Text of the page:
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Understanding the Tumor



Gliomas account for about roughly 30% of all brain tumors and are classified by cell type, grade, and location. DIPG (diffuse intrinsic pontine glioma) is one particular type of glioma. It is a fast-growing tumor that forms in the brain’s glial tissue, located in the pons. The purpose of glial tissue is to guard the brain’s neurons.

In many types of cancer, the grade and/or stage of a tumor is used to help a patient understand the seriousness of their cancer, the best treatment options, and the best clinical trials that may be available for the patient.

The grade of a tumor is based on how abnormal the tumor tissue appears when studied under a microscope, which can only be determined after a tissue biopsy is obtained. The grade indicates how quickly a tumor is likely to grow and spread. Grades are assigned between 1 and 4, often referenced as Roman numerals (I, II, III, IV). In grade I tumors, cells appear close to normal, and growth is expected to be slow. In grade IV tumors, cells vary significantly from normal cells, and growth is expected to be rapid. When DIPG and DMG tumors are biopsied, they are usually grade III or IV, which behave very aggressively. Although grade can be meaningful for other types of cancer, for DIPG and DMG, grade does not indicate a difference in prognosis.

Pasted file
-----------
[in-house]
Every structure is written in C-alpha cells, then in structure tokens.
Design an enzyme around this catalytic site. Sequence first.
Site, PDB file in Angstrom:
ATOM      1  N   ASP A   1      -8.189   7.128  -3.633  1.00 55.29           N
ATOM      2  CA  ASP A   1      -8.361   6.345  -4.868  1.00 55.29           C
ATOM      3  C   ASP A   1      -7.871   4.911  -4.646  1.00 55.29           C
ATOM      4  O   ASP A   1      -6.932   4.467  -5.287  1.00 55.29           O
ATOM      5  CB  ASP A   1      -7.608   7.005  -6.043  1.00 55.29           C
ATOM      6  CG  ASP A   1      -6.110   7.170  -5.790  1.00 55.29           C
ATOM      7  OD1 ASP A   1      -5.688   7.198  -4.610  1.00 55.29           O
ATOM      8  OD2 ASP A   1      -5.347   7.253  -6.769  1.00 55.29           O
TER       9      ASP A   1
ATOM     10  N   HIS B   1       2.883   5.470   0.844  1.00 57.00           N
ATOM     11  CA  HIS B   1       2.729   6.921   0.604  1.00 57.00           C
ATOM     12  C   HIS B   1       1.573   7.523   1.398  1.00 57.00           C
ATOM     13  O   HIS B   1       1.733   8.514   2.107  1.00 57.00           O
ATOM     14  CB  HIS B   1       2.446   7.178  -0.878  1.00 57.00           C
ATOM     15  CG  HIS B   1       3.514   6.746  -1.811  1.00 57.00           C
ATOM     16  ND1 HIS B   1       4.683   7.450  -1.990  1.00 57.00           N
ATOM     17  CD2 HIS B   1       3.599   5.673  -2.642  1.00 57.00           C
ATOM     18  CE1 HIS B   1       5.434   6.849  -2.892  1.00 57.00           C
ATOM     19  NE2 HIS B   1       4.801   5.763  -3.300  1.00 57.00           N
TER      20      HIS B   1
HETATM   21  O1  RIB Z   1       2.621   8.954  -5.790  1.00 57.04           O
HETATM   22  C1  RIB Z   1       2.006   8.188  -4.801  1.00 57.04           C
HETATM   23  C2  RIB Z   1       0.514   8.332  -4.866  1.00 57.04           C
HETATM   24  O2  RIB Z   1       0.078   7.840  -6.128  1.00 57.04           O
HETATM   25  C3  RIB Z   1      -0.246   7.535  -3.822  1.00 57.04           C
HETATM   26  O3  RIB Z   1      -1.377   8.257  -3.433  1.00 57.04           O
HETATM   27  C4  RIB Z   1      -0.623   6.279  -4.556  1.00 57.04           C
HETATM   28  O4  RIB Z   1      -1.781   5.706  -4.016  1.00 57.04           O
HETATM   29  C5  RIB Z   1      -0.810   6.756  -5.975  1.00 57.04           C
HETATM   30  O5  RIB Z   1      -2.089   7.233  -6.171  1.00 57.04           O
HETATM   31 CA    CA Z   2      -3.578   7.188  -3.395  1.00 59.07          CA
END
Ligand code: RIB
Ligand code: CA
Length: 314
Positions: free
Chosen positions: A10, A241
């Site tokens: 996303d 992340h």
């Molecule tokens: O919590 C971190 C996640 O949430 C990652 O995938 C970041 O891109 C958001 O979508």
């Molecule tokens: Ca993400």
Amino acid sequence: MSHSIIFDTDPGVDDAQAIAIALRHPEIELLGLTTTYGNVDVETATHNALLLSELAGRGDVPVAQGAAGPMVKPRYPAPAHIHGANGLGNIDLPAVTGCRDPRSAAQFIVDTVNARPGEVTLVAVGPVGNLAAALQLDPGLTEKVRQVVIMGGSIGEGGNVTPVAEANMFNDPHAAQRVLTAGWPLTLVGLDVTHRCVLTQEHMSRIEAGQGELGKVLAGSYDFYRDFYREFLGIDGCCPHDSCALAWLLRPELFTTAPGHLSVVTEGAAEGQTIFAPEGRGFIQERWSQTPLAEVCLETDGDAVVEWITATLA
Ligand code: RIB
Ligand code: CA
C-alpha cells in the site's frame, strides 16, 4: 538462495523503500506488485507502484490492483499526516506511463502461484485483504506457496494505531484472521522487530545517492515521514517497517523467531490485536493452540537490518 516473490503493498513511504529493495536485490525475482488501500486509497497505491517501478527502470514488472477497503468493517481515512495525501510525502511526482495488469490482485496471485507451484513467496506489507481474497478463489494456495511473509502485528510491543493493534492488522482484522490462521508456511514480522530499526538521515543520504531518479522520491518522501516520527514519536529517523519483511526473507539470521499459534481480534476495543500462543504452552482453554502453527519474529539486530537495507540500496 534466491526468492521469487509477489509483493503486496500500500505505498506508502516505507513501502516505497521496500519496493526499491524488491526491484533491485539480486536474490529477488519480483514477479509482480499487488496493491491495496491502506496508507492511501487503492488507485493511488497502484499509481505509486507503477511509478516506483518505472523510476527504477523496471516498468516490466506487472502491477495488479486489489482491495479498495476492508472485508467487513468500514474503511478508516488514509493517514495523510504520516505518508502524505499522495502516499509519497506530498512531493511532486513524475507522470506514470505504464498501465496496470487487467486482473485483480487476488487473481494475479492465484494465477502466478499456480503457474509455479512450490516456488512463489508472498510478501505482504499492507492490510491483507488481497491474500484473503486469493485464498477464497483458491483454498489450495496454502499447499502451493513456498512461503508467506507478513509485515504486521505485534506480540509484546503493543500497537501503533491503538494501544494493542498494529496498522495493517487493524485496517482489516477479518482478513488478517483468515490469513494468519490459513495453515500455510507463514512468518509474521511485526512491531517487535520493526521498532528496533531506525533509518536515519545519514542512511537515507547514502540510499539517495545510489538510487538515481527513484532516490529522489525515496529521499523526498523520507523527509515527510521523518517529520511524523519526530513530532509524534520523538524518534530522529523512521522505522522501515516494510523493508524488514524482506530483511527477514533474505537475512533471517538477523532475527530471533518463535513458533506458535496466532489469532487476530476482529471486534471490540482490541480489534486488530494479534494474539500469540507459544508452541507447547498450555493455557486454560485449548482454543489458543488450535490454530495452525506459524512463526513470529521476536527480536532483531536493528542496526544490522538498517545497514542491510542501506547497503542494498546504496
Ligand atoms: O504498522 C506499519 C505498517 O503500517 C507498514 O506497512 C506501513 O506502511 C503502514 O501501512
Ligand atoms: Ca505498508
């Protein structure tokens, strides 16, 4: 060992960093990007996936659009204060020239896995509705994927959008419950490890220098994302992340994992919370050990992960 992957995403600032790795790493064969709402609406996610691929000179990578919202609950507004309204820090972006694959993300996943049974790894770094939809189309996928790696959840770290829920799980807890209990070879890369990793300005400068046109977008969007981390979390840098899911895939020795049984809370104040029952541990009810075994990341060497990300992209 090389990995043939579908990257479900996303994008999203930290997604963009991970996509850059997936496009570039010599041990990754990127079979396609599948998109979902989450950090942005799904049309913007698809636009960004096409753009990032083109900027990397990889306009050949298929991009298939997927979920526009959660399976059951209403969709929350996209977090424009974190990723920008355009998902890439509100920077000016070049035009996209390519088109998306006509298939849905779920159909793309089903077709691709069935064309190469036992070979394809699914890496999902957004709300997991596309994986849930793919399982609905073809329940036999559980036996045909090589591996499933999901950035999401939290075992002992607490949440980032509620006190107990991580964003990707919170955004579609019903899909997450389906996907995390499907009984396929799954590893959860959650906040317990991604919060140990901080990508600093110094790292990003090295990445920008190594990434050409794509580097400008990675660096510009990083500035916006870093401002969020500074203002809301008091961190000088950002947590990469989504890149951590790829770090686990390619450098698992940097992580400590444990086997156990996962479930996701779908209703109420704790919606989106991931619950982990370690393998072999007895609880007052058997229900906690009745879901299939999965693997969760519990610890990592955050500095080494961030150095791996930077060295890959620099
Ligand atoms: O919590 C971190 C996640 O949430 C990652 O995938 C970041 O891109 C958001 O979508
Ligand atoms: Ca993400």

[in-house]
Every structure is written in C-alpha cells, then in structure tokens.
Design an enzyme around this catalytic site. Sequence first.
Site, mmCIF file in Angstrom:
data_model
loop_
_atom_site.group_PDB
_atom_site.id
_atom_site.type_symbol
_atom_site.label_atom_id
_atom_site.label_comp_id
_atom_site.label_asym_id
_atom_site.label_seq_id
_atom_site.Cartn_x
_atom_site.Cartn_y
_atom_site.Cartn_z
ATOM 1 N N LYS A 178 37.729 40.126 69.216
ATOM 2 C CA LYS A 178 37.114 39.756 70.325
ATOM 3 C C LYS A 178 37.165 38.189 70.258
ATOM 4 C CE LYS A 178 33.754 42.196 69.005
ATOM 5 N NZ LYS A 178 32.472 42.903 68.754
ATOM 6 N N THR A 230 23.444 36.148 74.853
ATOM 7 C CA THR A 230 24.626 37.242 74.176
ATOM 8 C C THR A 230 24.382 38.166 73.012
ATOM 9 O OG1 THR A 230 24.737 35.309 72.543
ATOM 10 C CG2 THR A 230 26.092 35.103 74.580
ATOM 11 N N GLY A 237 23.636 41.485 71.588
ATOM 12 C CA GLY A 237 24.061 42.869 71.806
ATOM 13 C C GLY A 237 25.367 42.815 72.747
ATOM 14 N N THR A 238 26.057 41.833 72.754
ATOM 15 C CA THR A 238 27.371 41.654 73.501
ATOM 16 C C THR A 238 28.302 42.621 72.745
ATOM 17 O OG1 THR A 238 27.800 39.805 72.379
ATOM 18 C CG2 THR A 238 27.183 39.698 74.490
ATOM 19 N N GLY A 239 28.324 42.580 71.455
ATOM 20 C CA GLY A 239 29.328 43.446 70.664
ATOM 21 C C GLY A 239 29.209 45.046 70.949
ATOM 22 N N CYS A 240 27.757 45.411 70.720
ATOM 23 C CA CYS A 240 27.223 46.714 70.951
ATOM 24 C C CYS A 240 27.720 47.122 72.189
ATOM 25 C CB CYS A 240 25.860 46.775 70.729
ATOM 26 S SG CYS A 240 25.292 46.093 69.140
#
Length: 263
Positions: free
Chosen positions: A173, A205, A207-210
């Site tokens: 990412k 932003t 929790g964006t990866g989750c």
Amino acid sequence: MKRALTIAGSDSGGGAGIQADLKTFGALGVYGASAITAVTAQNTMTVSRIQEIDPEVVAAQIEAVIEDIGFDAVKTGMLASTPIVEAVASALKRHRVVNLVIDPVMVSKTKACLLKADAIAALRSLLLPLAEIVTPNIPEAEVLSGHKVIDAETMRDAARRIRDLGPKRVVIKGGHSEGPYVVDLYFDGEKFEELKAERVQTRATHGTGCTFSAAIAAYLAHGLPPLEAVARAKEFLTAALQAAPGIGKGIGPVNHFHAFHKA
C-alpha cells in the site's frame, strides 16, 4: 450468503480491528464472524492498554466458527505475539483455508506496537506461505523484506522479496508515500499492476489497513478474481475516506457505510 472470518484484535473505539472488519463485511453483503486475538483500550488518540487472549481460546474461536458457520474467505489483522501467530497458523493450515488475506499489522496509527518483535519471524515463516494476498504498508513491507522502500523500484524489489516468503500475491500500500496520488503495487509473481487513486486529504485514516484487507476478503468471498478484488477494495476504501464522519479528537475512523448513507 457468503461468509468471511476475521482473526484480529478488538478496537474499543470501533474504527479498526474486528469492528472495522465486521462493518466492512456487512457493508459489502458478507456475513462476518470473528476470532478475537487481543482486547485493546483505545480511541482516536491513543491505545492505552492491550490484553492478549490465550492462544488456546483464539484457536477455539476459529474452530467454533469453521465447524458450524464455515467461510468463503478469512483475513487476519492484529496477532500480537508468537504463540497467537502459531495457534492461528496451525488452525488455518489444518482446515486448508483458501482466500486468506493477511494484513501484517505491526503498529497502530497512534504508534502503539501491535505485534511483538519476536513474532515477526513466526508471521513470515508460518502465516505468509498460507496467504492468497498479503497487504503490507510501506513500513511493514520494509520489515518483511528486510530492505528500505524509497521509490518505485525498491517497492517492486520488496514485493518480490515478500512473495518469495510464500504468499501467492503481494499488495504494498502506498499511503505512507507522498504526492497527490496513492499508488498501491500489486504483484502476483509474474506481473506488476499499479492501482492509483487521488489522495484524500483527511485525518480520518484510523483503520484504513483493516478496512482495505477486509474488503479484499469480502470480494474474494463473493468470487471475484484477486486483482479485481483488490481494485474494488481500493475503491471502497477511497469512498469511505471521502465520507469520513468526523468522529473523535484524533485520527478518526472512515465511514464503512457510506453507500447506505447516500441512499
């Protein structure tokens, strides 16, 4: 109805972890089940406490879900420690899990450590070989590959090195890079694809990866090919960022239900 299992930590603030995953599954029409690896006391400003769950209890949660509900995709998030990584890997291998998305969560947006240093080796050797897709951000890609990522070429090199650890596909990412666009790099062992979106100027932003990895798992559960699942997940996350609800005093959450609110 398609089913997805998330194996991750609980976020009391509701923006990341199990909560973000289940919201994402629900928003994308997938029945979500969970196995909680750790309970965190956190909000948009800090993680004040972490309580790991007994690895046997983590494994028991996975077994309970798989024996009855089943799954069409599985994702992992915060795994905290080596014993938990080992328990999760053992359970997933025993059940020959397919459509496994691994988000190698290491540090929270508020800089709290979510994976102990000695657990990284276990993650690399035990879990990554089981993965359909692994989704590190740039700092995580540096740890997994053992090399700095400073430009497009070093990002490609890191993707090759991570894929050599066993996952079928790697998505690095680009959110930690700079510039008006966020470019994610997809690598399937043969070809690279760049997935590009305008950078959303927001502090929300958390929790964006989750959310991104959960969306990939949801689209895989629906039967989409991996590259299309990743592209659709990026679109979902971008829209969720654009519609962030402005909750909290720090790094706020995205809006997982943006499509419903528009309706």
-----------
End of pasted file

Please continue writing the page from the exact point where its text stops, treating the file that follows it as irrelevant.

The stage of a tumor indicates the extent of the cancer, meaning how large it is and if it has spread. Similar to the grading system above, stages are assigned between 0 and 4. DIPG and DMG tumors are staged based on MRI or biopsy results. DIPG and DMG tumor cells are usually found in stages III or IV, are considered more aggressive, and can grow quickly.

Research has recently shown that understanding the presence of a histone mutation in pediatric glioma tumors is more informative than understanding the more traditional grade or stage of the tumor.

A histone is a type of protein that binds to DNA and helps control the activity of genes. Sometimes a mutation (or change) occurs within the histone. Usually, cells recognize when a mutation is trying to cause damage and will repair the change before it becomes permanent. Sometimes, however, a mutation causes a change in the DNA that cannot be repaired and that causes an interruption in cell growth, leading to cancer.

Researchers now know that approximately 80% of all DIPG tissue has the presence of a histone mutation called H3K27M. Having that knowledge about the tumor enables the medical team to target the most promising treatment options.